This year the government is making available an extra £650 million to help principal local authorities to freeze council tax. In the last 10 years council tax has almost doubled across the UK, yet many residents have not seen a corresponding increase in the services they receive.
Many households are feeling the squeeze with rising bills and an increase in the cost of living, so this freeze will be a welcome relief.
Some councils have managed to go one better and provide a cut, Windsor and Maidenhead announced yesterday that they will cut council tax for the third year in a row.
There are many pressures on council budgets and delivering a cut or a freeze won't be easy, but there is one area where huge savings can be made, which could then be passed back to Council Tax payers: employer contributions to the Local Government Pension Scheme (LGPS).
A new report published today by the TaxPayers' Alliance reveals that £1 in every £5 of council tax raised in the UK is spent on council pensions. In total taxpayers contributed over £5 billion to these pensions in 2010-11 via employer contributions. There has also been an explosion in the number of councillors who are enrolled on these schemes, in some areas to public outcry:
More than 4,500 councillors are enrolled in pension schemes at the authorities where they serve. And that numbers is rising, even though serving on a council has traditionally been regarded as a voluntary activity and not a job. In fact, there are over 1,000 more councillors on the Local Government Pension Scheme than there were in 2007-08, and their employer contributions are paid for by taxpayers. They will be guaranteed pensions based on the allowances that they receive and it is taxpayers who are on the hook to pay for these in years to come. The fact that many local authorities consider incidental expenses to be pensionable pay calls into question the voluntary nature of participating in local government.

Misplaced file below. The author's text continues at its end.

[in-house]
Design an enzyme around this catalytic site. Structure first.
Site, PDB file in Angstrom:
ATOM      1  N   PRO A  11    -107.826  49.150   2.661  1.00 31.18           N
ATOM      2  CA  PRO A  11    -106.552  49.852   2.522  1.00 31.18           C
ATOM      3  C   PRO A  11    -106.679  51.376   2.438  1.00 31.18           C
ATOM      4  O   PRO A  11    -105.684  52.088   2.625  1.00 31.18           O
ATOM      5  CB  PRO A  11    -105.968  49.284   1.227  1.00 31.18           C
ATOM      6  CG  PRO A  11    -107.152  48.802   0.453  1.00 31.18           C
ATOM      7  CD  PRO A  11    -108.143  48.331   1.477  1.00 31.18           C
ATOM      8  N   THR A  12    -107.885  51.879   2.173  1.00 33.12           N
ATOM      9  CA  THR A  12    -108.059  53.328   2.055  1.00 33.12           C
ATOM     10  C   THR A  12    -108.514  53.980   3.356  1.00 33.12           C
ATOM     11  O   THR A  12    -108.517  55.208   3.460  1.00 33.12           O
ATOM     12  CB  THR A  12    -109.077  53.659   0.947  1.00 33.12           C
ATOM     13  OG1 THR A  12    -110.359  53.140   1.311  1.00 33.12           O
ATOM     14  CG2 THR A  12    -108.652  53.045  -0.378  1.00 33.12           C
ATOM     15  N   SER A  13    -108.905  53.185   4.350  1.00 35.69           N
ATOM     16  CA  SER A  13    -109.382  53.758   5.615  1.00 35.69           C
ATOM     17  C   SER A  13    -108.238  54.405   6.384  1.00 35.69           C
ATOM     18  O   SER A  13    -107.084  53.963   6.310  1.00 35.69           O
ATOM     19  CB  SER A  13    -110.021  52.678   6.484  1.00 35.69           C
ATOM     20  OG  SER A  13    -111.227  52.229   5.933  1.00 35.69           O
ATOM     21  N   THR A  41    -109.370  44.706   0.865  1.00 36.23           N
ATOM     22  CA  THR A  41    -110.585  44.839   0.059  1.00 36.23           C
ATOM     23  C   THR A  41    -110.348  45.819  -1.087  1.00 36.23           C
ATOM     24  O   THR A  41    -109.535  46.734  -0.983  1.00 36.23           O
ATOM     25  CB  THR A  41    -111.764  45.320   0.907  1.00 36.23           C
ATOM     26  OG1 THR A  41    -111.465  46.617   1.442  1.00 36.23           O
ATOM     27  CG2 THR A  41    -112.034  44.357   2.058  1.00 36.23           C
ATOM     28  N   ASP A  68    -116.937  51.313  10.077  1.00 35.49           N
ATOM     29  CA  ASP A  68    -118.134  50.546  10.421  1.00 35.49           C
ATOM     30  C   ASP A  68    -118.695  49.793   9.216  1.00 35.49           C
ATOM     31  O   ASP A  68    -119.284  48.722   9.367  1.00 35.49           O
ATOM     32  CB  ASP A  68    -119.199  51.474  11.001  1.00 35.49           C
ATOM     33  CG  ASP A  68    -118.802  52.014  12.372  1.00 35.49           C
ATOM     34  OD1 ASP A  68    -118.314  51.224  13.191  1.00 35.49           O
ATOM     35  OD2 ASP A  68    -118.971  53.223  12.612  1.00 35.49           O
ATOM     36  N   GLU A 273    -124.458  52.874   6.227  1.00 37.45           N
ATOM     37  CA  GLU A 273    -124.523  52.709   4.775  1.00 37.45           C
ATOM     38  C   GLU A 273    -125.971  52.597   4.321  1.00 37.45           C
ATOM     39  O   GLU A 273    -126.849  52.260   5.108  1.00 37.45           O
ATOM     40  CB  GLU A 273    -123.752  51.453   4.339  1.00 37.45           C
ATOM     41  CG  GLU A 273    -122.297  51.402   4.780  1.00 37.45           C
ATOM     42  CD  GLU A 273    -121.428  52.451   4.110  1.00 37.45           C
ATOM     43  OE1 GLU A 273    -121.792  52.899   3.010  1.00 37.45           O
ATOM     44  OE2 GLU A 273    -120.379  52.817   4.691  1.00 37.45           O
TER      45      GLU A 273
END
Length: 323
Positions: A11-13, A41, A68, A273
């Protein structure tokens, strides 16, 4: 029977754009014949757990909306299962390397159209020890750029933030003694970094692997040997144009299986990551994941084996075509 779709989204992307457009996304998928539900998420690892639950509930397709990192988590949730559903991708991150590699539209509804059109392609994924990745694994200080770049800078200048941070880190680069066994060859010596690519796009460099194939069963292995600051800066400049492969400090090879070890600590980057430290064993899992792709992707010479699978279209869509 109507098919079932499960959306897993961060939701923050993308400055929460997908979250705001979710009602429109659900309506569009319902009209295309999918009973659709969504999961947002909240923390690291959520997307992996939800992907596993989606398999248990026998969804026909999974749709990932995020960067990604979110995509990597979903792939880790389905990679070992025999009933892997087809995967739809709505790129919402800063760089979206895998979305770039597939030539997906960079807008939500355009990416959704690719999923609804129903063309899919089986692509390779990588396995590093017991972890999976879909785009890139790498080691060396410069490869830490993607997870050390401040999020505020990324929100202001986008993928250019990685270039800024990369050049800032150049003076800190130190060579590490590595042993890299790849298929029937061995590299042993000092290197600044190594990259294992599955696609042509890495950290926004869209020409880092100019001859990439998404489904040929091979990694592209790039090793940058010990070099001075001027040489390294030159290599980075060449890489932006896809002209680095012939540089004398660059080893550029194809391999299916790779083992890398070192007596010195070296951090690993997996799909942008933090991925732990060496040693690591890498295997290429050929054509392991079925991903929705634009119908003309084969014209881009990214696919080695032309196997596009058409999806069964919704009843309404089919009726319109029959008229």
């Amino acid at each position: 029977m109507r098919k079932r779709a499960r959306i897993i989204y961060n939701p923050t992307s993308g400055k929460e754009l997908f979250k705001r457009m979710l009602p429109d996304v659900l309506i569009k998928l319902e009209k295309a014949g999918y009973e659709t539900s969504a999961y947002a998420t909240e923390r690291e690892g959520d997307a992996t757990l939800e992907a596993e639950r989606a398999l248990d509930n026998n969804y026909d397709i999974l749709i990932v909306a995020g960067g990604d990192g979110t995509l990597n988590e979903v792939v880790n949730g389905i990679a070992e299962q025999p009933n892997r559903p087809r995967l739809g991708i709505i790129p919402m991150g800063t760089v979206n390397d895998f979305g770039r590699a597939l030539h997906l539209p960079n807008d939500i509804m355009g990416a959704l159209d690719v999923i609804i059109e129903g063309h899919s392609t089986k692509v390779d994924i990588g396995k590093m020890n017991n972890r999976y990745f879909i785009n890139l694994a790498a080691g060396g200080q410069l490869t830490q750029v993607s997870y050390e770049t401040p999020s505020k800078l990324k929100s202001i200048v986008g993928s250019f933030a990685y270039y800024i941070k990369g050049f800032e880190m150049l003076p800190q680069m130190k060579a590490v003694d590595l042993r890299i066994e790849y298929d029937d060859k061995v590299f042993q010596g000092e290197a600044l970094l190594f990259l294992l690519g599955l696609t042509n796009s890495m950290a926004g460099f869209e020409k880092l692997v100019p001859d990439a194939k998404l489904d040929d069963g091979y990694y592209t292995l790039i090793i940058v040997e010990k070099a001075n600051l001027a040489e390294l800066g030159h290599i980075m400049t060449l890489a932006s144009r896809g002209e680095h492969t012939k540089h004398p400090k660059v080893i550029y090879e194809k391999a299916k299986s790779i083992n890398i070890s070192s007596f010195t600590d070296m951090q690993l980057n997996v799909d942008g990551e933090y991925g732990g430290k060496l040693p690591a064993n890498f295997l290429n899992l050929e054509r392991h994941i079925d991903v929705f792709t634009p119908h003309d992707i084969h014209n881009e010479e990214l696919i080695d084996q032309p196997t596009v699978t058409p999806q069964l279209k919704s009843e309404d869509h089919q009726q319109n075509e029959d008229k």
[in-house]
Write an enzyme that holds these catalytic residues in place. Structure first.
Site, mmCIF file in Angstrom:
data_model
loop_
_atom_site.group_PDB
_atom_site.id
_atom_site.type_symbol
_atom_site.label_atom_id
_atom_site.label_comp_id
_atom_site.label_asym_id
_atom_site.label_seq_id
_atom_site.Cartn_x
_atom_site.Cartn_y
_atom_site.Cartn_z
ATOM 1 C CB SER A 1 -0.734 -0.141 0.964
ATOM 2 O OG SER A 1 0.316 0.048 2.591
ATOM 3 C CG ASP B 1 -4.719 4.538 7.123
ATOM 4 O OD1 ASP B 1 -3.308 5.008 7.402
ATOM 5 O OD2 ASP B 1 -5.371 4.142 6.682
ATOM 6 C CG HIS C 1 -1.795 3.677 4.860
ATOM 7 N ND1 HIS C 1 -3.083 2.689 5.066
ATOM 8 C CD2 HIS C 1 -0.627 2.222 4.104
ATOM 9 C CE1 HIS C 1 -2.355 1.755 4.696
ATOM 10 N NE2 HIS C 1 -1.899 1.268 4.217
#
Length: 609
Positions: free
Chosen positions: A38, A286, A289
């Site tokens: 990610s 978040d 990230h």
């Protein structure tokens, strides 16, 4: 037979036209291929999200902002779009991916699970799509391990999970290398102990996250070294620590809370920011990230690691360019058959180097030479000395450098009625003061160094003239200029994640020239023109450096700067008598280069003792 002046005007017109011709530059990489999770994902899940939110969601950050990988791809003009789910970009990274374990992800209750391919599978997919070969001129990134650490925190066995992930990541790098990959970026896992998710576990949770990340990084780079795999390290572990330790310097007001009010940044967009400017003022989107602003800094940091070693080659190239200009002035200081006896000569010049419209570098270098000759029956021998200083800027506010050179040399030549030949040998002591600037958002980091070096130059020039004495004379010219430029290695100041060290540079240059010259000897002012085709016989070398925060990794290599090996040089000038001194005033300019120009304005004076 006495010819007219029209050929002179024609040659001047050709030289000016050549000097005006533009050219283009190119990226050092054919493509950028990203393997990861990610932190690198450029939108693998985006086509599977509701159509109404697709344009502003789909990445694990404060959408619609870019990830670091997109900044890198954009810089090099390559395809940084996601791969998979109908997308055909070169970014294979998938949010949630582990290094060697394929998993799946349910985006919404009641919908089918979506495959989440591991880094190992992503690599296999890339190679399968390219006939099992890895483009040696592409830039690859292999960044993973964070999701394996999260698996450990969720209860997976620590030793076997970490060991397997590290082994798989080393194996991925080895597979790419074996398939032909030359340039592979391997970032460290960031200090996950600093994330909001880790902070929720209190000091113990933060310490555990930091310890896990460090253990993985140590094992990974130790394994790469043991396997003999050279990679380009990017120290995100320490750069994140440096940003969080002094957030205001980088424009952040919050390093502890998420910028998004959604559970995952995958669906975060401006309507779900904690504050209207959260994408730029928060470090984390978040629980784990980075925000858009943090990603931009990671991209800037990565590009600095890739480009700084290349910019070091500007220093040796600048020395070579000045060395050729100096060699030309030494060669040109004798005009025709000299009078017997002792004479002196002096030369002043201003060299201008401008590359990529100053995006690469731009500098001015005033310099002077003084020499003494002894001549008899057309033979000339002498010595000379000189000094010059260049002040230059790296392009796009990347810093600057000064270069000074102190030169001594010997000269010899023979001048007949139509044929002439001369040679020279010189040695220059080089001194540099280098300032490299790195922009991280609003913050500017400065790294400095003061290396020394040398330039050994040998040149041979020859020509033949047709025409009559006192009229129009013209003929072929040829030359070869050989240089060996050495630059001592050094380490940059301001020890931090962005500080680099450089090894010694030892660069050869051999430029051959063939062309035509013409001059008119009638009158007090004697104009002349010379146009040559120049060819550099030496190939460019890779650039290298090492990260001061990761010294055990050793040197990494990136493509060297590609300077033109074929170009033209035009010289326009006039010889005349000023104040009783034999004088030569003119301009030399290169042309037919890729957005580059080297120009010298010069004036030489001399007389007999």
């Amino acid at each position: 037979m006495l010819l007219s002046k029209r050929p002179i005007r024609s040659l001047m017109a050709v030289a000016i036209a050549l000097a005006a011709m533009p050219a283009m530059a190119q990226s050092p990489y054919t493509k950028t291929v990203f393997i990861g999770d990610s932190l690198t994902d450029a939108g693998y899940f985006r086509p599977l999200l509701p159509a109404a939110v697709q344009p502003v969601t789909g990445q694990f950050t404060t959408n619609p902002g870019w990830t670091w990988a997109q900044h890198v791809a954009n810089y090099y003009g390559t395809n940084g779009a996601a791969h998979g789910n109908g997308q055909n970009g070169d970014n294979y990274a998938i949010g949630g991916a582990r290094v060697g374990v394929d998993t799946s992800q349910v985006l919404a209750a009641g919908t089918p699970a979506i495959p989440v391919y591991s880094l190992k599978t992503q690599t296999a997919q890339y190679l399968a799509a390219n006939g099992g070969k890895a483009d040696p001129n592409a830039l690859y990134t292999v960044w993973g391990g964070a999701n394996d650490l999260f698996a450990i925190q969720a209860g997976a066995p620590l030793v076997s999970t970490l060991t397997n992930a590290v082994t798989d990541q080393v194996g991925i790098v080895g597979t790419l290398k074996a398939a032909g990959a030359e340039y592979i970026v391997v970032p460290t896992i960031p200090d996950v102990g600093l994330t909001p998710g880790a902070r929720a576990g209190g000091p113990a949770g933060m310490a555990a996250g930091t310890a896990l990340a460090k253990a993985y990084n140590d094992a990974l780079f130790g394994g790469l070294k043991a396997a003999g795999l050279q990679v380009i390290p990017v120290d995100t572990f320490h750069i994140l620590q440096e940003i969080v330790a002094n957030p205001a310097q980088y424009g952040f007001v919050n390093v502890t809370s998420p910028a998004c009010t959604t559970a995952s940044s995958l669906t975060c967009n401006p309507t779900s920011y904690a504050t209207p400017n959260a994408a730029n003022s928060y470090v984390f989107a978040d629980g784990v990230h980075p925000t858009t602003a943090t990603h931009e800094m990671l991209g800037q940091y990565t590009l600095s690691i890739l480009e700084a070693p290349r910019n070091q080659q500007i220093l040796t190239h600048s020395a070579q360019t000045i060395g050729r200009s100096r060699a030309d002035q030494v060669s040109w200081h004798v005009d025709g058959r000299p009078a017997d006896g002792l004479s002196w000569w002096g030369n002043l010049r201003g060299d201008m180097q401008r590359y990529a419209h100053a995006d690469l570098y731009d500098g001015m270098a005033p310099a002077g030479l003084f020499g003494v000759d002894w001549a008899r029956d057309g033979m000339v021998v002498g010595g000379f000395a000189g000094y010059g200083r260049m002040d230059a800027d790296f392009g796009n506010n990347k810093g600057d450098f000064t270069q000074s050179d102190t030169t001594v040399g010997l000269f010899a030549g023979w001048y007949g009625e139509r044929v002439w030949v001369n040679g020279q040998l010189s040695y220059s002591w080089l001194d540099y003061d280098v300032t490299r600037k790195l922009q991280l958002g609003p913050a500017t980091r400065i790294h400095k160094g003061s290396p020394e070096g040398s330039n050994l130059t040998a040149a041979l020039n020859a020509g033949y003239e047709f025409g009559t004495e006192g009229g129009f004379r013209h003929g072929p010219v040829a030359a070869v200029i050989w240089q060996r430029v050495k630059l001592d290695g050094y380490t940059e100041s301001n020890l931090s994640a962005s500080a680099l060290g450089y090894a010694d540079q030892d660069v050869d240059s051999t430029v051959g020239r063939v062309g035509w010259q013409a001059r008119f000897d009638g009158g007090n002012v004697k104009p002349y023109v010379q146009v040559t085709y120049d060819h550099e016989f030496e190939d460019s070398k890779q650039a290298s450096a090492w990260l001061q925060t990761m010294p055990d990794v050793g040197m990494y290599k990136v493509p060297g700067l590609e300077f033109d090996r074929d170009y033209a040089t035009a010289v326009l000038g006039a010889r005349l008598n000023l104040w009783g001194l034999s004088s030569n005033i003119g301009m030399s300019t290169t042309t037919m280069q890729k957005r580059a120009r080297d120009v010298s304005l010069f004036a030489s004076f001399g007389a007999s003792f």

It simply isn't fair that ordinary families and pensioners, who have seen council tax bills almost double in the last decade, have so much of their money spent on council pensions. These gold-plated, final-salary retirement deals have all but disappeared in the private sector and it simply isn't sustainable to keep the system as it is. The Local Government Pension Scheme must be reformed. Reducing the cost of this scheme going forwards would mean less money from council coffers being spent on pensions and more left over to spend on services or provide a greatly needed council tax cut to millions of households across the UK.
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